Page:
Canola seed is very sensitive to fertilizer. To minimize the impact on seedling survival, the recommendation is for no more than about 20 lb./ac. of phosphate (or 40 lb./ac. of MAP, for example) in the seed row.
With narrow row spacing (10″, for example), higher seed-bed utilization (more than 10%), moist soils and safer nitrogen products – ESN specifically – a little more fertilizer could be put in the seed row, but as a general statement, canola growers really should have alternative non-seed-placed methods to apply the bulk of their fertilizer. Nitrogen, potassium and sulphur should be put outside the seed row.
“You don’t seed without starter rates of phosphorus in the seed row, especially in cold soils, but you have options for the rest of the nutrients,” says John Heard, crop nutrition specialist with Manitoba Agriculture.
Alternatives for each macro
Nitrogen (N). Many farmers apply nitrogen in the fall, but didn’t get a chance last fall due to weather conditions. Application options ahead of seeding are broadcast and banding. If broadcasting, incorporate soon afterward and/or use a urease inhibitor to limit losses if rains are delayed. For pre-seed banding, apply at an angle to the anticipated direction of seeding – to minimize plant thinning above concentrated urea or ammonia bands. Time-of-seeding options are side-band or mid-row banding. Another option is post-seeding. Listen to a podcast on nitrogen application options.
“If the priority is seeding and fertilizer pre-plant operations are going to slow down seeding, the door is open for post-plant in-crop applications,” Heard says. Keep in mind that these additional nitrogen applications should be applied no later than the 5- to 6-leaf stage to ensure the plant has access to it at peak uptake.
Also, post-plant nitrogen is not a complete solution. Growers thinking about in-crop applications should get at least 50-60% of their nitrogen on before or during seeding. If broadcasting in-crop, urease inhibitors will reduce losses while waiting for rain to move nutrients into the soil. Canola Encyclopedia section on nitrogen placement options.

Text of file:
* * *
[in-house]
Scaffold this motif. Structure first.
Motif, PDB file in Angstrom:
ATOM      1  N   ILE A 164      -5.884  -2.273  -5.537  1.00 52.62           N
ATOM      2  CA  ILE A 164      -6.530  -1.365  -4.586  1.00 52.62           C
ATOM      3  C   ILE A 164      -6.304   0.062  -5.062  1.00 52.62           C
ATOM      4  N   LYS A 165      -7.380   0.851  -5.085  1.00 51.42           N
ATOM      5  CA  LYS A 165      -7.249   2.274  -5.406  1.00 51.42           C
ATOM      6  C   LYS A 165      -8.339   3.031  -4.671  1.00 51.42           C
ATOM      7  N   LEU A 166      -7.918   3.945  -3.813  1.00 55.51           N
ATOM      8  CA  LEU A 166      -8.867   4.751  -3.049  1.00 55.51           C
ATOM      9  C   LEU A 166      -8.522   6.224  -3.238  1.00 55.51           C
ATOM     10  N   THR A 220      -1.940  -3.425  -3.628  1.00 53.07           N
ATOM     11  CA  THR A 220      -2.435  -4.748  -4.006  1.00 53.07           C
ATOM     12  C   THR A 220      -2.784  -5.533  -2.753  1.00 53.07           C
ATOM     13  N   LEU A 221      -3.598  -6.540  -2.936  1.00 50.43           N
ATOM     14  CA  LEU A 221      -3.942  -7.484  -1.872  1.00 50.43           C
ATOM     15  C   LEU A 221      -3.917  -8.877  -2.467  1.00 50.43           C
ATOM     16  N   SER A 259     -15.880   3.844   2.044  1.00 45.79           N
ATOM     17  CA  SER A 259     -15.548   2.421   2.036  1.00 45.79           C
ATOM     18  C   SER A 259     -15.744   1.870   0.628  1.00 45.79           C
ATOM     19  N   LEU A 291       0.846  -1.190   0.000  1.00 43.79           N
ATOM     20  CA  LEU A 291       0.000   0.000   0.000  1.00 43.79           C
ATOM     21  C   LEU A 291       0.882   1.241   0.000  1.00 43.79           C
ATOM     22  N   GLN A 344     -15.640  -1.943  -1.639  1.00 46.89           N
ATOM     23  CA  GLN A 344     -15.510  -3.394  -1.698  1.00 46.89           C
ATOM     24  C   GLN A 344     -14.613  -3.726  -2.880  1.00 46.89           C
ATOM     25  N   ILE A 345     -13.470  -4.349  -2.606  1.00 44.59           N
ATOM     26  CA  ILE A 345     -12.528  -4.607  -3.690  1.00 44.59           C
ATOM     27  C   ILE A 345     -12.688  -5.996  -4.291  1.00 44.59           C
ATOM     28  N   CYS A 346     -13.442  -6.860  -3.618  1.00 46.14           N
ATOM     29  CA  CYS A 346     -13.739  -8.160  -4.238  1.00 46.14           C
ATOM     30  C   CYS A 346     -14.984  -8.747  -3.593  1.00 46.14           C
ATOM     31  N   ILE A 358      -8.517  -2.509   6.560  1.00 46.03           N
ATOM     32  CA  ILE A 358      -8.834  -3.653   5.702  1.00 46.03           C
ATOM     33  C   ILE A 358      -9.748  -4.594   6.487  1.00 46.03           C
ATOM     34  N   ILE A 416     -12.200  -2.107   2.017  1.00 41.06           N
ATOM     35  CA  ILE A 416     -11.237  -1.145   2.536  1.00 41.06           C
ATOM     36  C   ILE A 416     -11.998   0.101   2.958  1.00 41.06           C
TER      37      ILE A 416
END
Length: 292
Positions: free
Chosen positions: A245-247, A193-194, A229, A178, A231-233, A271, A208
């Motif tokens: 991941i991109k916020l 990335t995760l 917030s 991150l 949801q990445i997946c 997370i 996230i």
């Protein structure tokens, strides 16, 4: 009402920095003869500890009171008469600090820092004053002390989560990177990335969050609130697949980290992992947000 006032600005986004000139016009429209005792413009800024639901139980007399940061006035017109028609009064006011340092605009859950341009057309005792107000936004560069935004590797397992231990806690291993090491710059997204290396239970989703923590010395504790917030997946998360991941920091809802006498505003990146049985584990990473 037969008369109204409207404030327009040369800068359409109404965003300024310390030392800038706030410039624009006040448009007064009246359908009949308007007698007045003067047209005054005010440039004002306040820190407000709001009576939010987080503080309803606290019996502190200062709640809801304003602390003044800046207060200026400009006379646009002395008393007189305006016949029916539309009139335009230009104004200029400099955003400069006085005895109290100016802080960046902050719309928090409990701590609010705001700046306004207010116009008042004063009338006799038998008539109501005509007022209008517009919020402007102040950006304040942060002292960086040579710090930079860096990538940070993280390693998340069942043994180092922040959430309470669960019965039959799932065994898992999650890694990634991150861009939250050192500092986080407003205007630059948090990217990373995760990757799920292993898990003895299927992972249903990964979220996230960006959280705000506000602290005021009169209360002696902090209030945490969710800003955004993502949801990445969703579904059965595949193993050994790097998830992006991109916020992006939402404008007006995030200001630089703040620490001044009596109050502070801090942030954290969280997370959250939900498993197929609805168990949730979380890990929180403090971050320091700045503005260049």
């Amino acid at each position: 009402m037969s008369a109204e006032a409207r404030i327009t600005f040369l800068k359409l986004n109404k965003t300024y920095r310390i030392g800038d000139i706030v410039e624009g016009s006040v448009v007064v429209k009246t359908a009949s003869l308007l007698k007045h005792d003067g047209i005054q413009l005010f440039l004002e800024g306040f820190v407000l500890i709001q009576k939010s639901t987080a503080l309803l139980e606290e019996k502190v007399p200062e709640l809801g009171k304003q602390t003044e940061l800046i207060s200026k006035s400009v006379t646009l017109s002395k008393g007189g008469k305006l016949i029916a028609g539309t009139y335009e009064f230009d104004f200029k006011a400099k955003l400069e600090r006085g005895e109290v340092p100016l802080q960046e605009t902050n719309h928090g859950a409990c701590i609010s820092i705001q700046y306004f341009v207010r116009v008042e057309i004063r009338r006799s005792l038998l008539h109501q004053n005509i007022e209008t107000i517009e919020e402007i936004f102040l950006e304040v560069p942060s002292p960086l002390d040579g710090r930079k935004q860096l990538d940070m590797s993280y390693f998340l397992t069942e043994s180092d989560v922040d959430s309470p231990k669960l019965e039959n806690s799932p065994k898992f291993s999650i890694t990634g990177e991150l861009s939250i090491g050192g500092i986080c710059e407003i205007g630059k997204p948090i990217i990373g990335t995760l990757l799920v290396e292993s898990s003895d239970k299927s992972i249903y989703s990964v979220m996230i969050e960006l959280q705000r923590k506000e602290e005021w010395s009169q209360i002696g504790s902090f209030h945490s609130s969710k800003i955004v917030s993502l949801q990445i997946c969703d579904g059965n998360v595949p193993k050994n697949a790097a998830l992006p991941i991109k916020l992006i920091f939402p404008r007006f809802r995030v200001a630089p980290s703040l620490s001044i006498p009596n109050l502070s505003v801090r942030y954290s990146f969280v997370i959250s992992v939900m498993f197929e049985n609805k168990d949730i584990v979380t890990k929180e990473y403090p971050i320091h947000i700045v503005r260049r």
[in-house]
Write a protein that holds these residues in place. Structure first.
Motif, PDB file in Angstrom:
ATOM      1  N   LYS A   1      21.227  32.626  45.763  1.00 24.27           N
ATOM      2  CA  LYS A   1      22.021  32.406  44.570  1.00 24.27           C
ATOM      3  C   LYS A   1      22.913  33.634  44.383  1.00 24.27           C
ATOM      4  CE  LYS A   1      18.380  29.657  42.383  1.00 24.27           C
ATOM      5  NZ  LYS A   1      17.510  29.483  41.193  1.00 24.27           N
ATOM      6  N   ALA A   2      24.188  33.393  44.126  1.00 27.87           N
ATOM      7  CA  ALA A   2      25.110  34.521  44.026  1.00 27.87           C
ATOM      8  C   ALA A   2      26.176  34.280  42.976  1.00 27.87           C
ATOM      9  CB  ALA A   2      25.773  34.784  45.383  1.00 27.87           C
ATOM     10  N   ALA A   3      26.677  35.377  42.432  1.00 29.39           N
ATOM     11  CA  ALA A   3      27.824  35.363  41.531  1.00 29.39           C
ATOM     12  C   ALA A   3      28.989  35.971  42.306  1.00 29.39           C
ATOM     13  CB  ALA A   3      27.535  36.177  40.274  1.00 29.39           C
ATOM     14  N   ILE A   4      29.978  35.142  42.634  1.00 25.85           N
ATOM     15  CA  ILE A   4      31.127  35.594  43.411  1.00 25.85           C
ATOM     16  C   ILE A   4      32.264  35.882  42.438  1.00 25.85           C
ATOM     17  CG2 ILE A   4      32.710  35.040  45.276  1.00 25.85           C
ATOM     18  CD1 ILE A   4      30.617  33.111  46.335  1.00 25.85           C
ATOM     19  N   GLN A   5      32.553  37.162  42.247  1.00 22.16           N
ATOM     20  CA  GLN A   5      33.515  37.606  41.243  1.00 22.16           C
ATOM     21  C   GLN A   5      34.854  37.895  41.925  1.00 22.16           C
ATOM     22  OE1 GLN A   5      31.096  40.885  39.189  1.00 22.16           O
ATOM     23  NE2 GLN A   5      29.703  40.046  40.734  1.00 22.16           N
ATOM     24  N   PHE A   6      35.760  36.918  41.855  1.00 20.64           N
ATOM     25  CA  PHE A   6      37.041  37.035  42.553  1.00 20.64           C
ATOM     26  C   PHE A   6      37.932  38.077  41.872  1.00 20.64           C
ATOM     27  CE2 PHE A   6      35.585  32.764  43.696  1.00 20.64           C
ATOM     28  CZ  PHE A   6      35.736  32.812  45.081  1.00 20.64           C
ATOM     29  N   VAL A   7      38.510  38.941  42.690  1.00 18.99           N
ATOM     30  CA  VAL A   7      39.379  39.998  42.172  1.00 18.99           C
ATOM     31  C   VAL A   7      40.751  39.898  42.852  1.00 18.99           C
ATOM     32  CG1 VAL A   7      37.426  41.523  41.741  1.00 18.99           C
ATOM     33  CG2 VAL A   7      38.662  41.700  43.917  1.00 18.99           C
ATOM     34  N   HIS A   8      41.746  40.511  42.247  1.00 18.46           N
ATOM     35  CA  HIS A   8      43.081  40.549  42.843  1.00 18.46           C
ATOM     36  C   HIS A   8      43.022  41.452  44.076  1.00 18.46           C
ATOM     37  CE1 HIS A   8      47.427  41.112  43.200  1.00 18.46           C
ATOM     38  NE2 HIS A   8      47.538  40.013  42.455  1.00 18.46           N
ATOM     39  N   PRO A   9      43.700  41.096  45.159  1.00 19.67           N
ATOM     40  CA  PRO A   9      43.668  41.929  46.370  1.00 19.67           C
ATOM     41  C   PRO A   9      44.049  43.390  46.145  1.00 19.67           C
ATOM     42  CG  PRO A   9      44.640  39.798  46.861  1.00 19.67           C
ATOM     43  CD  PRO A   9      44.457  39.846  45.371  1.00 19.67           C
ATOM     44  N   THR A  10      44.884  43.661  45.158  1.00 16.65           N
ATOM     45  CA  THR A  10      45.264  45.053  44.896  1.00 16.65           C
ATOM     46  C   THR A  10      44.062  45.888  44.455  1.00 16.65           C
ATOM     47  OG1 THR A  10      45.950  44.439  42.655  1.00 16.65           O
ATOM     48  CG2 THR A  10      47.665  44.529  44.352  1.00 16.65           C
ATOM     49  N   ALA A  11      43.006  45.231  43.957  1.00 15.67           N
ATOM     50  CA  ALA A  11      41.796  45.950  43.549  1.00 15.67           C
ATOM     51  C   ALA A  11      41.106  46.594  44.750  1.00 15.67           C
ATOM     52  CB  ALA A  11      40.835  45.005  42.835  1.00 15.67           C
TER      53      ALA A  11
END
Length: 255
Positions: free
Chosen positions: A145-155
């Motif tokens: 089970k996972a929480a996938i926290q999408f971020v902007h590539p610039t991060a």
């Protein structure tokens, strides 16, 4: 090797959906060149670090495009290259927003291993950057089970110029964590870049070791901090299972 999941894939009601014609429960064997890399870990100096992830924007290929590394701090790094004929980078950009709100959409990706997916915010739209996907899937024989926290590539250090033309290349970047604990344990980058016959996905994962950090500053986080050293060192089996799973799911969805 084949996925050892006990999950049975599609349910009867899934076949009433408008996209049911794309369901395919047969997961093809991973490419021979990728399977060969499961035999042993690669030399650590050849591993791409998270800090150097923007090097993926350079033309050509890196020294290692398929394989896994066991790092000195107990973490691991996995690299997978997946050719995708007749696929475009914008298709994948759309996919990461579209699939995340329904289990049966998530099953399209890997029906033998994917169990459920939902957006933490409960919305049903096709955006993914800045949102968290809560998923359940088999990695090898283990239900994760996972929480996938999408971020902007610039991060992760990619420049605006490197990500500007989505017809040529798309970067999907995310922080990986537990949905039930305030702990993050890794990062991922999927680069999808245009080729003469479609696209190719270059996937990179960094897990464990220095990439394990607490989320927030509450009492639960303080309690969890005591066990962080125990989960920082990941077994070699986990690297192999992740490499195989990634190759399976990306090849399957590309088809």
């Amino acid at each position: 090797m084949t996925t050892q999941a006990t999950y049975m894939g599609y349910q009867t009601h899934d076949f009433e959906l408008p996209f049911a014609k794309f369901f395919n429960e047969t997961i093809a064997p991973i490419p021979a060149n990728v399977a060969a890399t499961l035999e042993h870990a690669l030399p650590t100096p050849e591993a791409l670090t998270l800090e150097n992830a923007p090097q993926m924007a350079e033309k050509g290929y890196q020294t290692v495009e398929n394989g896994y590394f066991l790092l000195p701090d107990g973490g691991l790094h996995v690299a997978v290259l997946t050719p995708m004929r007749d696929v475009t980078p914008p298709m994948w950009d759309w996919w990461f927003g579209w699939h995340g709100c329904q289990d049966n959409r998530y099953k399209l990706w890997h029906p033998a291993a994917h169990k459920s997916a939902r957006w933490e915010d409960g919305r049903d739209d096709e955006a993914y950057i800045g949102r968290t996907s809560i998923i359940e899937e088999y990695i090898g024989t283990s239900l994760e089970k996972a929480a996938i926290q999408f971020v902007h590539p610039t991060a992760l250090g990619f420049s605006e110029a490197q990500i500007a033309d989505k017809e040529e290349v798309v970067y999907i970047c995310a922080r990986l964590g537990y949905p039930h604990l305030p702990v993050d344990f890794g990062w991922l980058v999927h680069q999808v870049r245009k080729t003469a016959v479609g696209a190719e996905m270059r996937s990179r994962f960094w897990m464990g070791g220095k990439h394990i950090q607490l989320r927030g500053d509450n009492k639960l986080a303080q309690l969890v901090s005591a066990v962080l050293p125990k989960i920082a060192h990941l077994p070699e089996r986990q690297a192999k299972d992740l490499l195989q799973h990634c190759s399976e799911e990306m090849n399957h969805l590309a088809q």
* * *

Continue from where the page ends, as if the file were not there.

Potassium (K). Banding is probably the best choice since seed-placed potassium can damage seedlings. Save seed placement for starter phosphorus. The broadcast-incorporation application method is less efficient, and probably requires rates double that of banding to achieve a similar crop response. However, in situations where banding equipment is not readily available and seed placement is too risky, broadcast incorporation may be useful and not overly expensive due to the relatively low cost of potash fertilizer. The higher fertilizer rates necessary for broadcast K may also benefit subsequent crops with a higher potassium response than canola. Canola Encyclopedia section on potassium placement.
Sulphur (S). Sulphur does not need to go in the seed row, and adding sulphur to phosphorus in the seed-row will increase the risk to seedlings. If placement in a side or mid-row band is not possible, broadcasting before seeding or in-crop applications after crop emergence are good options for sulphur. Canola Encyclopedia section on sulphur placement.
Phosphorus (P). Given that soil supply is reduced under wet, cold conditions, canola benefits from a seed-placed supply of phosphate. Under dry soil conditions with low seedbed utilization, the maximum safe seed-placed rate of phosphate is approximately 20 lb./ac. (40 lb./ac. of monoammonium phosphate, for example). The rate can be safely increased to 25 lb./ac. under good moisture conditions.
With 20” row spacing, the safe rate would be reduced by half. With 30” rows, the safe rate would be one third of the safe rate for 10″ rows, assuming opener width stays the same.
If soil tests recommend higher phosphorus rates, this extra phosphate could go in the band with the other macronutrients, or could be applied to other crops as a way to maintain soil phosphorus levels over time. Canola Encyclopedia section on phosphorus placement.
A quick field test. Growers applying fertilizer rates and blends in the seed row that exceed the recommended 20 lb./ac. of phosphate can do their own quick test to see how this may affect seed survival in their field conditions. Turn off the seed-placed fertilizer run for 50 or 100 feet, mark the spot, and compare emergence in this area versus the rest of the field. Do this every year or in moist and dry conditions, if possible, to see how moisture and soil type can reduce the risk.